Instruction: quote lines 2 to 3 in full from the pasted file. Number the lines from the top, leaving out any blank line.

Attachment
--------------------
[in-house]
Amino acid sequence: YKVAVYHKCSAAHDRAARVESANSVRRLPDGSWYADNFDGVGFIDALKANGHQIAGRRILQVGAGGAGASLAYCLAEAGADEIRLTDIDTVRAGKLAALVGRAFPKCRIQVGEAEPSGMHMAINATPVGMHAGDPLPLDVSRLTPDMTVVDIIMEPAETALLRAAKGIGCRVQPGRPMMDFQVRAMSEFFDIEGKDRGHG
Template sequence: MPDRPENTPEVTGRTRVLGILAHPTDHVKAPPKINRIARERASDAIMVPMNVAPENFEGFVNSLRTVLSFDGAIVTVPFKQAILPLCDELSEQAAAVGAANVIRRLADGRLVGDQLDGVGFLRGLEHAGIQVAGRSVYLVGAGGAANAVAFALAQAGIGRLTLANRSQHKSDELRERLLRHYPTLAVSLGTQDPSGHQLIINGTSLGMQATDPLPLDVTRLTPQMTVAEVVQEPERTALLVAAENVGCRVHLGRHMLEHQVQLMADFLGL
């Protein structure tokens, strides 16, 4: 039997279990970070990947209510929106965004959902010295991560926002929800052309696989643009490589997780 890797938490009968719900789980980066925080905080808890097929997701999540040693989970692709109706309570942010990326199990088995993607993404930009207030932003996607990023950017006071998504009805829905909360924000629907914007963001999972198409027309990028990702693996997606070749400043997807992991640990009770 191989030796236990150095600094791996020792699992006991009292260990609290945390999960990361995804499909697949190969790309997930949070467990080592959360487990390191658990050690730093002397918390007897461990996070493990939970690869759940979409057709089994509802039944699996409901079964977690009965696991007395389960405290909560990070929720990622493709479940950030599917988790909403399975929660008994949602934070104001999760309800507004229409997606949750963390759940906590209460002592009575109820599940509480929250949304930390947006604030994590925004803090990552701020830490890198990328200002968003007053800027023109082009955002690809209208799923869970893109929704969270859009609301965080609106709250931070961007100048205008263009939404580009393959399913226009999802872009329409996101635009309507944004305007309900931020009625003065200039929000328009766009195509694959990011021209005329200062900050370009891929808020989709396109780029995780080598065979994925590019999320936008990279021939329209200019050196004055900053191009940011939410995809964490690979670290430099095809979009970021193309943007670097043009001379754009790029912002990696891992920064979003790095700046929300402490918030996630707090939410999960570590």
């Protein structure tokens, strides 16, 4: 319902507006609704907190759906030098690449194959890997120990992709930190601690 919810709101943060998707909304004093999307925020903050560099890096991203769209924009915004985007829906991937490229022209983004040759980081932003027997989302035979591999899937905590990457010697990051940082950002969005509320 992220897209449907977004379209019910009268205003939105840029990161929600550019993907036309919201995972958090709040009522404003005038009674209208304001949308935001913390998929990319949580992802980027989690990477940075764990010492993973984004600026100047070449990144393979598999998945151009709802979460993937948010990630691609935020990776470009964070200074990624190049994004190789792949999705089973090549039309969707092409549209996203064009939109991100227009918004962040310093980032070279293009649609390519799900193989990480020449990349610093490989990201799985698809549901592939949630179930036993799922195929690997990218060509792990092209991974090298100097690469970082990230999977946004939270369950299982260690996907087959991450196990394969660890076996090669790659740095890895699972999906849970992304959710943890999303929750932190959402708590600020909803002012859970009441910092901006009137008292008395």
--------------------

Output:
Amino acid sequence: YKVAVYHKCSAAHDRAARVESANSVRRLPDGSWYADNFDGVGFIDALKANGHQIAGRRILQVGAGGAGASLAYCLAEAGADEIRLTDIDTVRAGKLAALVGRAFPKCRIQVGEAEPSGMHMAINATPVGMHAGDPLPLDVSRLTPDMTVVDIIMEPAETALLRAAKGIGCRVQPGRPMMDFQVRAMSEFFDIEGKDRGHG
Template sequence: MPDRPENTPEVTGRTRVLGILAHPTDHVKAPPKINRIARERASDAIMVPMNVAPENFEGFVNSLRTVLSFDGAIVTVPFKQAILPLCDELSEQAAAVGAANVIRRLADGRLVGDQLDGVGFLRGLEHAGIQVAGRSVYLVGAGGAANAVAFALAQAGIGRLTLANRSQHKSDELRERLLRHYPTLAVSLGTQDPSGHQLIINGTSLGMQATDPLPLDVTRLTPQMTVAEVVQEPERTALLVAAENVGCRVHLGRHMLEHQVQLMADFLGL